We imagine NASCAR as a series of all-electric SUVs
NASCAR’s stated goal for their “stock cars” has always been to mirror (in some sense) what you might buy from the dealership. But the electric vehicles from these manufacturers, at present, are all SUVs or crossovers, which reflect the norm of everyday life here in the United States. This is potentially why NASCAR could be open to manufacturers using the Toyota bZ4X, Chevrolet Blazer EV and Ford Mustang. Mach-E as these are the common body types that these manufacturers use for their electric vehicles. Here’s what it might look like:
The race itself
Sound aside, how different would an all-electric NASCAR race be? For now, it looks like they’re sticking with a 30-minute sprint race rather than a multi-hour endurance race for these EVs. The advantage is that the time limit would allow the cars to run without needing a charge in the middle of a race. Even with a 900-volt battery system and a 400kW charge rate, you’re still talking 20 minutes to charge a battery that would potentially last the 60-80 mile life of the tires in a race. The regenerative braking provided by the motors of these purpose-built racing electric vehicles would help with this. Even in a short sprint race format, driving strategy (essentially, energy management) would play an important role in racing. Go hard and hope the gap holds, or will you hold early for a late charge?
The next-generation Formula E car, which will debut in the 2022/2023 season, is a good illustration of what a NASCAR EV series could look like. It’s capable of covering a full 45-minute race distance with a top speed of 200 mph (compared to 174 mph in the Gen 2 car) without charging its 800-volt battery system. It will also regenerate up to 40% of its battery capacity while racing using a 250kW front motor used only for regeneration (limited to 600kW regeneration). This also means that it won’t use hydraulic rear brakes either, as its regenerative system is fully capable of stopping this car at race speeds with the hydraulic front brakes. Formula E will also charge these cars between sessions with a 600kW charger and plans to start charging during pit stops in the very near future. Its rear-drive motor produces 469 hp, and the car itself weighs 1,852 pounds.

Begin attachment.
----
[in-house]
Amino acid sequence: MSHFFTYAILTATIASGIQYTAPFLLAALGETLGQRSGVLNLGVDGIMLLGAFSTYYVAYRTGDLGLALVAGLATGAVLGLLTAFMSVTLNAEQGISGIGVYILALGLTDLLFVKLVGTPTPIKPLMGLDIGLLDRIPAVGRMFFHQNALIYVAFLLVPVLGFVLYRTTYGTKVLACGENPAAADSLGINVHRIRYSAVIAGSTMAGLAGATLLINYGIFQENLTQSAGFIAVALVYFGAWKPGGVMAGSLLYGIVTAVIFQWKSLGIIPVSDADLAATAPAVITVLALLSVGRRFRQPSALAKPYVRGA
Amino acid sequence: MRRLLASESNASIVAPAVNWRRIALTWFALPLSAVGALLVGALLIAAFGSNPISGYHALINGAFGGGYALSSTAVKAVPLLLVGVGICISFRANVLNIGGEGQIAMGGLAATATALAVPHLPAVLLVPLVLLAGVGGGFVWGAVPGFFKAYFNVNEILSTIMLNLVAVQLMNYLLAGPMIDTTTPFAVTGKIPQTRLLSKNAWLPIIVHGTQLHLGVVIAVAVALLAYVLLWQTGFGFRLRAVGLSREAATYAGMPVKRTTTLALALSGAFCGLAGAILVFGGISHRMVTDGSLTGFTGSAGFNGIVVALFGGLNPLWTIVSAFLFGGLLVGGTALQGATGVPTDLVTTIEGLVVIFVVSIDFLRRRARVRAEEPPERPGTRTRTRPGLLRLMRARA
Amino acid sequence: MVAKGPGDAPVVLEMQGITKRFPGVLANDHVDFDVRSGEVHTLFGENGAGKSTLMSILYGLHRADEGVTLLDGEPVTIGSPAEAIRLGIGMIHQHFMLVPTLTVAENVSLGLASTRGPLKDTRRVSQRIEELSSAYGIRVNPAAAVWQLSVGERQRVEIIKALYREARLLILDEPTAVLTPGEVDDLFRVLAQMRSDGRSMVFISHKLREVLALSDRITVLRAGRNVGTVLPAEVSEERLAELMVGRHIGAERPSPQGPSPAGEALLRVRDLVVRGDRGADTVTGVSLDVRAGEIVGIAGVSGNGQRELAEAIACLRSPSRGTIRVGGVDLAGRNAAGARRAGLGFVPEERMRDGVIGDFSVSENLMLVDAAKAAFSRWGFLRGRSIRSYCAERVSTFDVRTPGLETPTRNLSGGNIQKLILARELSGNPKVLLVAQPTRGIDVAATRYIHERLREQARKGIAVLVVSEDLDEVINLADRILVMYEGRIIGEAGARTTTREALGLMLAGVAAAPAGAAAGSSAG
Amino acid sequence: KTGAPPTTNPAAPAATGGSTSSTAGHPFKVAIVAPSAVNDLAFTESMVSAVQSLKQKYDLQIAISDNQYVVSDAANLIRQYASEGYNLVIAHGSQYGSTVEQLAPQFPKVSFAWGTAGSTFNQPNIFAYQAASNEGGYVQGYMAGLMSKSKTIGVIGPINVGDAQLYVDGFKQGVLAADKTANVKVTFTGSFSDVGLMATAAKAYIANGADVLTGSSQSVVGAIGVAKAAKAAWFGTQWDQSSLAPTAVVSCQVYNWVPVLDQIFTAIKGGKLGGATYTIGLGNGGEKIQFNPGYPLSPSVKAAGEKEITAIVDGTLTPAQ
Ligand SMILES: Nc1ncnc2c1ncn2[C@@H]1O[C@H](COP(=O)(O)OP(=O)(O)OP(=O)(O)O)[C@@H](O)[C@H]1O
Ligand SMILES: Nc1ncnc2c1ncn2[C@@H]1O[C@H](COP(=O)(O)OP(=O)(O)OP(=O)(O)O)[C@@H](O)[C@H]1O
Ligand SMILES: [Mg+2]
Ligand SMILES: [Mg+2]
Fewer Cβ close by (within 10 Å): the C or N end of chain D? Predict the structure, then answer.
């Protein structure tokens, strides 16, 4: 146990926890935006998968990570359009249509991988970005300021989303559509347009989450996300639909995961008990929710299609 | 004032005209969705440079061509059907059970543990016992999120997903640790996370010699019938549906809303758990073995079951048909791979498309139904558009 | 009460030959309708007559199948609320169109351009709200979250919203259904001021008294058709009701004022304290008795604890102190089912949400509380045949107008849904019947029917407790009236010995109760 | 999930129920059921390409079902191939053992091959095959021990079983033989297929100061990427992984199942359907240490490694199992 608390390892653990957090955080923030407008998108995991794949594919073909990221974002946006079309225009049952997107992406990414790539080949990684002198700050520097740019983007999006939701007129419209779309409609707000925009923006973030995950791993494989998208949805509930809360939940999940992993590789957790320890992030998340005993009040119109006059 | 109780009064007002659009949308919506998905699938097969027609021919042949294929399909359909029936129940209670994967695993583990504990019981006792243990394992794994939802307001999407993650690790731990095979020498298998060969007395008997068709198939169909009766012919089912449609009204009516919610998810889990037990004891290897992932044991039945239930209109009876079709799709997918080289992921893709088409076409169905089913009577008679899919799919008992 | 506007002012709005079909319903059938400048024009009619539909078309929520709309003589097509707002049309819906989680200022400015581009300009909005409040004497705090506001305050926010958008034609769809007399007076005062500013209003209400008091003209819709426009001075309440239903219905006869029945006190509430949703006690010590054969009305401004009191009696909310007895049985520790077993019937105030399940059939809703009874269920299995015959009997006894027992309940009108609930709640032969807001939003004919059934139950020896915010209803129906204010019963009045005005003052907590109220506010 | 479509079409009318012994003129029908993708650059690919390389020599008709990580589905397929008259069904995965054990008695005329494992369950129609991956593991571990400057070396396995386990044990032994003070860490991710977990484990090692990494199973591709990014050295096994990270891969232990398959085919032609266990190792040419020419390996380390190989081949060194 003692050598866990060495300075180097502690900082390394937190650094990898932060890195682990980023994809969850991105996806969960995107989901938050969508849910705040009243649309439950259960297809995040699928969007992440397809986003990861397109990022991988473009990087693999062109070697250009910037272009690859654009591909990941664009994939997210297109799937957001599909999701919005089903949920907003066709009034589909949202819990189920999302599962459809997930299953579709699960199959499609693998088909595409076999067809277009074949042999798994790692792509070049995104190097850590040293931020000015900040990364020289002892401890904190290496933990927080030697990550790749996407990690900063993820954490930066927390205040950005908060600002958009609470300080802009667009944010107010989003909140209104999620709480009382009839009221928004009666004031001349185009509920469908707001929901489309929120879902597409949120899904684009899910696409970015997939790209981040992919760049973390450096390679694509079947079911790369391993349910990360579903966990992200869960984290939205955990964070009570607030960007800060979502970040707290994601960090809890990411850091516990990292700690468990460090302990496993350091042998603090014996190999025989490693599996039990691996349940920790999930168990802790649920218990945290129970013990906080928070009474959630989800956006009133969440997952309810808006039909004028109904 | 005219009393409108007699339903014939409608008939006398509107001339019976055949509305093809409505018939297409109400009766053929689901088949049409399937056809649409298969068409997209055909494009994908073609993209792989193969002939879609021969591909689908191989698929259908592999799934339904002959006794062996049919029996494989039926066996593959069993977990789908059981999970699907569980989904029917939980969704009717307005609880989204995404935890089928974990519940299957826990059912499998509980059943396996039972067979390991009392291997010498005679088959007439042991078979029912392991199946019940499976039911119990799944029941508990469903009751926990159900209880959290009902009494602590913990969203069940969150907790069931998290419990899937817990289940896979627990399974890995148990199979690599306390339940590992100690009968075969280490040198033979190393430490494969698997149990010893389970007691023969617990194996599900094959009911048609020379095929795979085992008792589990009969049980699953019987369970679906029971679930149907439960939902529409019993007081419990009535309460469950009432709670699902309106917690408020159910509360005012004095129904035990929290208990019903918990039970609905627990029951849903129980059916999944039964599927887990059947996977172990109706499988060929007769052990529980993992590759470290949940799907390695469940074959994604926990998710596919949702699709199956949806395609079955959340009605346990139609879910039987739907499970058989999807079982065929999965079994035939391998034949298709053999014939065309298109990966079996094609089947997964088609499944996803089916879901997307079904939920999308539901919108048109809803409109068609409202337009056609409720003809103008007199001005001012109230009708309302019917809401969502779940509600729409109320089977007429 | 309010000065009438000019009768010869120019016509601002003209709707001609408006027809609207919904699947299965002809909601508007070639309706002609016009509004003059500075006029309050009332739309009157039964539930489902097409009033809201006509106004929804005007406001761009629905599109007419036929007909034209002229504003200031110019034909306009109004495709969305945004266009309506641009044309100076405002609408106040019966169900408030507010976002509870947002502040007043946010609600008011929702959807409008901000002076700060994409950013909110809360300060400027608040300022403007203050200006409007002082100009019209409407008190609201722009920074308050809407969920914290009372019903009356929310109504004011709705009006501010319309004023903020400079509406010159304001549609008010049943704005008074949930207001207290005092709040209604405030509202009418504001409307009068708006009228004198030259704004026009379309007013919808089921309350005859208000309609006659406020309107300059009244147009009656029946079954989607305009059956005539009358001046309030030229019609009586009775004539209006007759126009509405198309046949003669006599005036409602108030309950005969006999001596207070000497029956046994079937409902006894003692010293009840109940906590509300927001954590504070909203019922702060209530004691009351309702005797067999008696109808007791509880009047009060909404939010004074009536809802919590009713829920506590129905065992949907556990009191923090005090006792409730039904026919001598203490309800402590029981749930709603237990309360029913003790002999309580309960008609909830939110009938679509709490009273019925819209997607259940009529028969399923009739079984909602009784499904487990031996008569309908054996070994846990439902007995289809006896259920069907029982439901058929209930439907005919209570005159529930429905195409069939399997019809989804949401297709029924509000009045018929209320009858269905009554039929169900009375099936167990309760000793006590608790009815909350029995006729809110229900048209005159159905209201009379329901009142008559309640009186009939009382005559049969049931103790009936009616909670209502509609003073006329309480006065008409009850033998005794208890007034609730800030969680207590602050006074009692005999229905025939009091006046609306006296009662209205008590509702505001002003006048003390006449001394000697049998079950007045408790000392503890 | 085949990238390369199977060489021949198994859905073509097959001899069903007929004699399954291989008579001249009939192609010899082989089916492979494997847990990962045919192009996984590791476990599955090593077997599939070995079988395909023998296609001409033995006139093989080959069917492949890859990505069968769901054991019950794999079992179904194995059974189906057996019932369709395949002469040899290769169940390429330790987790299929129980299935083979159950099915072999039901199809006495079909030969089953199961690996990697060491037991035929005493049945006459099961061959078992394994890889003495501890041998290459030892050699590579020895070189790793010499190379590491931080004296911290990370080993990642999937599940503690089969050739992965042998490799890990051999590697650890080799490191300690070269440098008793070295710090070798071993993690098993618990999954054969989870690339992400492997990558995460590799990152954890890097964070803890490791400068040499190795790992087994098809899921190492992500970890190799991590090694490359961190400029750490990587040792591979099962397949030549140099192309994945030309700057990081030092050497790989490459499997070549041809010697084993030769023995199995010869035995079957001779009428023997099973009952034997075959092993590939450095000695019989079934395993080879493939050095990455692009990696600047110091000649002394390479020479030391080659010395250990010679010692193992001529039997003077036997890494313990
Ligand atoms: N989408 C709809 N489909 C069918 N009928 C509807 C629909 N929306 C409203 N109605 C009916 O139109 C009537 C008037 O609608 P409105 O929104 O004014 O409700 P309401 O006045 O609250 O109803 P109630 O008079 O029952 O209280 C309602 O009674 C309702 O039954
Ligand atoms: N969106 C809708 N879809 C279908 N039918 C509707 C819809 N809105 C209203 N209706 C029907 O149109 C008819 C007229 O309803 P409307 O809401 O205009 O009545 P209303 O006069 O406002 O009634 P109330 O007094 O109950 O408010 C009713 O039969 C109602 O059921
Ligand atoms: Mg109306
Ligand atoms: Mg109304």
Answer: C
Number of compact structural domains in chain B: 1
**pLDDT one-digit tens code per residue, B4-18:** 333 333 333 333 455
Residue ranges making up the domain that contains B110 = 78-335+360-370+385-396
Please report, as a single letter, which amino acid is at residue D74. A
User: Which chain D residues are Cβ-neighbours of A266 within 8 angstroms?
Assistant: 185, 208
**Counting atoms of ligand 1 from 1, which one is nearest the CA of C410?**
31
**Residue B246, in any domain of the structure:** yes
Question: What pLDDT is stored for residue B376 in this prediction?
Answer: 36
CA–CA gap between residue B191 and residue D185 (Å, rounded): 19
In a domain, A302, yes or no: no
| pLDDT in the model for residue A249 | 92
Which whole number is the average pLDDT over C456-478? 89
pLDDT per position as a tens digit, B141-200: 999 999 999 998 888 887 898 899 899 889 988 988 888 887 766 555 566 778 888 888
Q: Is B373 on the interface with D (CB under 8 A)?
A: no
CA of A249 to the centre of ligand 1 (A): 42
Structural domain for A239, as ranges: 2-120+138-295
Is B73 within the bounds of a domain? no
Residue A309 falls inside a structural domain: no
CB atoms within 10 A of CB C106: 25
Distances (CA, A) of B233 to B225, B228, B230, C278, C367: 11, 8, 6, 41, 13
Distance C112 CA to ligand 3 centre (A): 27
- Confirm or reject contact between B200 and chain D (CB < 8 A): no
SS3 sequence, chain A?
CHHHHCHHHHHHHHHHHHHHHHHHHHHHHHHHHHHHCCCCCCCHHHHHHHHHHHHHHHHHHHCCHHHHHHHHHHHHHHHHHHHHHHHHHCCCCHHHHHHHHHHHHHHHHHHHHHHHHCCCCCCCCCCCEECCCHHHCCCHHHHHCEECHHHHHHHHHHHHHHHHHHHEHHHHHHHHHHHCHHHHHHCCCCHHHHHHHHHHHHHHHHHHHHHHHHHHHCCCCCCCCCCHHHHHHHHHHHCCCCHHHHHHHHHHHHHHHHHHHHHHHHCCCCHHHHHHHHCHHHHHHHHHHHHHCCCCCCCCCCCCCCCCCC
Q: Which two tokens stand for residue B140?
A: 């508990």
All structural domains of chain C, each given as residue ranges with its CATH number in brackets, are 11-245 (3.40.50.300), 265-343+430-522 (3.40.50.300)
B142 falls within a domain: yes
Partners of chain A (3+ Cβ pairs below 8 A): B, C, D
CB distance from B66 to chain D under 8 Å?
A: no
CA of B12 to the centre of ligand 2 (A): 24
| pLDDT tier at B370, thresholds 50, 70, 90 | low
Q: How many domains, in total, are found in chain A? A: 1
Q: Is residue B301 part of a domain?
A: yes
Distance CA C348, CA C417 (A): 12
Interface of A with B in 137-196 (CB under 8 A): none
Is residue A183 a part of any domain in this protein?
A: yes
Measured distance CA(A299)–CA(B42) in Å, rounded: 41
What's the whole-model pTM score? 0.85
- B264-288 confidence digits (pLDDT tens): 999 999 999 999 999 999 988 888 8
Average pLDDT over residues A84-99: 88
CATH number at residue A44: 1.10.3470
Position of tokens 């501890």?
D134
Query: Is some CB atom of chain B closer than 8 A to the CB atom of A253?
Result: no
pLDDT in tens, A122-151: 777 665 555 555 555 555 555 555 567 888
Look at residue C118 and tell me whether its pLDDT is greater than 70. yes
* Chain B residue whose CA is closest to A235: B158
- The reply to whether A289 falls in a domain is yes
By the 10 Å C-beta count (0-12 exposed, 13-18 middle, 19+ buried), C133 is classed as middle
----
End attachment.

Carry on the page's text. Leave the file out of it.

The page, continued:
Under the skin
The chassis itself will remain the same, again according to the alleged document, but the front and rear clips will be modified to accept the electric powertrain and store the batteries, but will retain the same suspension and braking system as the Gen Seven car. NASCAR is also looking to use three motors in an AWD layout, as most OEMs make their high-performance electric vehicles with a single motor in the front and two in the rear. Using a 900-volt battery, these motors will have plenty of speed (electric motors need high voltage to spin faster), but NACAR also wants them to produce over 1,000 hp when combined.
NASCAR should look to STARD to provide such capable engines. STARD was the motor and battery systems supplier for Ford’s latest SuperVan project, which uses four motors to produce 1,973 hp. If NASCAR ends up using a similar engine system and all of those engines produce the same power, a 1,480hp NASCAR EV is possible. Ford’s electric SuperVan also uses a 50kWh liquid-cooled battery that charges in just 45 minutes via a standard DC fast charger. Although the engines are the same, the sound of each NASCAR EV could be very different, unique to each manufacturer. A Toyota bZ4X won’t sound like a Chevrolet Blazer EV or a Ford Mustang Mach-E.